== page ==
As illustrated in FIG. 5, the conductor 34 also has wire attachment portions 34b. The wire attachment portions 34b extend from the contact portion 34a of the conductor toward opposite ends of the insulative strip 32. The wire attachment portions 34b have a width W2 narrower than the width W1 of the contact portion 34a of the conductor 34. The wire attachment portions 34b are offset from the longitudinal center line 40 of the face 32a and 32b of the insulative strip 32 to accommodate stacking of electrical contact plates 28, without shorting the electrical connections. On opposing faces 32a and 32b of the insulative strip 32, the wire attachment portion 34b on one end of the insulative strip 32 is offset from the longitudinal center line 40 to one side of the insulative strip 32 and the remaining wire attachment portion 34b on the other end is offset from the longitudinal center line 40 to the same side. However, the wire attachment portions 34b on one end but different faces 32a and 32b of the insulative strip 32 are offset from longitudinal center line 40 to different sides of the insulative strip 32.

At the end of each wire attachment portion 34b of the conductor 34, is a wire insertion hole 42 which runs perpendicularly from one face 32a to the opposite face 32b through the insulative strip 32 as shown in FIGS. 6 and 7A-7C. The walls of the wire insertion holes 42 may also be coated with a conductive coating 80 to facilitate electrical contact from the wire 29 to the wire attachment portion 34b of the conductor 34.

Wires 29 may be inserted through the wire insertion holes 42 of one or more electrical contact plates 28, and then soldered into place, thereby providing a voltage to the conductor 34 corresponding with the wire insertion hole 42 of the wire attachment portion 34b through which the wire 29 is inserted. Electrical contact plates 28 with conductors 34 configured with a contact portion 34a and wire attachment portions 34b as disclosed may be secured to each face 10y and 10z of the transducer 10.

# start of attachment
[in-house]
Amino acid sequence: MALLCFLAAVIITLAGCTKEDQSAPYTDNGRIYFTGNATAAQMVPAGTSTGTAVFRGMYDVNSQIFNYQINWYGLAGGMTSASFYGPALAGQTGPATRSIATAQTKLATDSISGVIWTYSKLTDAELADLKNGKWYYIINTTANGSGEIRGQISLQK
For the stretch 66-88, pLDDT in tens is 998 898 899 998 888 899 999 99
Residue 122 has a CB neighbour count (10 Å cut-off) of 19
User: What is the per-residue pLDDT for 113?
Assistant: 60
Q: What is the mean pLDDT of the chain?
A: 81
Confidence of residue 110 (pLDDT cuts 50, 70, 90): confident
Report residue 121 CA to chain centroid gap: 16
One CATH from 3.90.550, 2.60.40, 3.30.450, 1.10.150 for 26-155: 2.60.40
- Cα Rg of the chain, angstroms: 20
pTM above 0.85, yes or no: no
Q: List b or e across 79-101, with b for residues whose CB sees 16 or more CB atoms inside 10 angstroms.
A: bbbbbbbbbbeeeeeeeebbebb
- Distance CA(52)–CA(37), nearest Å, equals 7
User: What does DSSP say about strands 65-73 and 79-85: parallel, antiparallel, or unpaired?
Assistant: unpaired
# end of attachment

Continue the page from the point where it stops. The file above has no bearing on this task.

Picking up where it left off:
A screw hole 36 may be provided at each end of the electrical contact plate 28 in order to stack the plates 28 and secure them (with screw 37) to each other with the transducer 10 between the electrical contact plates 28. Electrical contact plates 28 thus secured to each other provide conductive contact portions 34a in electrical contact with corresponding faces 10y and 10z of the transducer 10. Wires 29 running from a voltage source 30 are connected to the wire attachment portions 34b through the wire insertion holes 42 of the electrical contact plates 28 to provide a voltage potential across opposite faces of each transducer 10. It will be understood that several contact plate-transducer-contact plate subassemblies may be stacked upon one another (as shown in FIG. 8) and wired as described above to provide a voltage potential across the opposite faces of each of a plurality of transducers 10.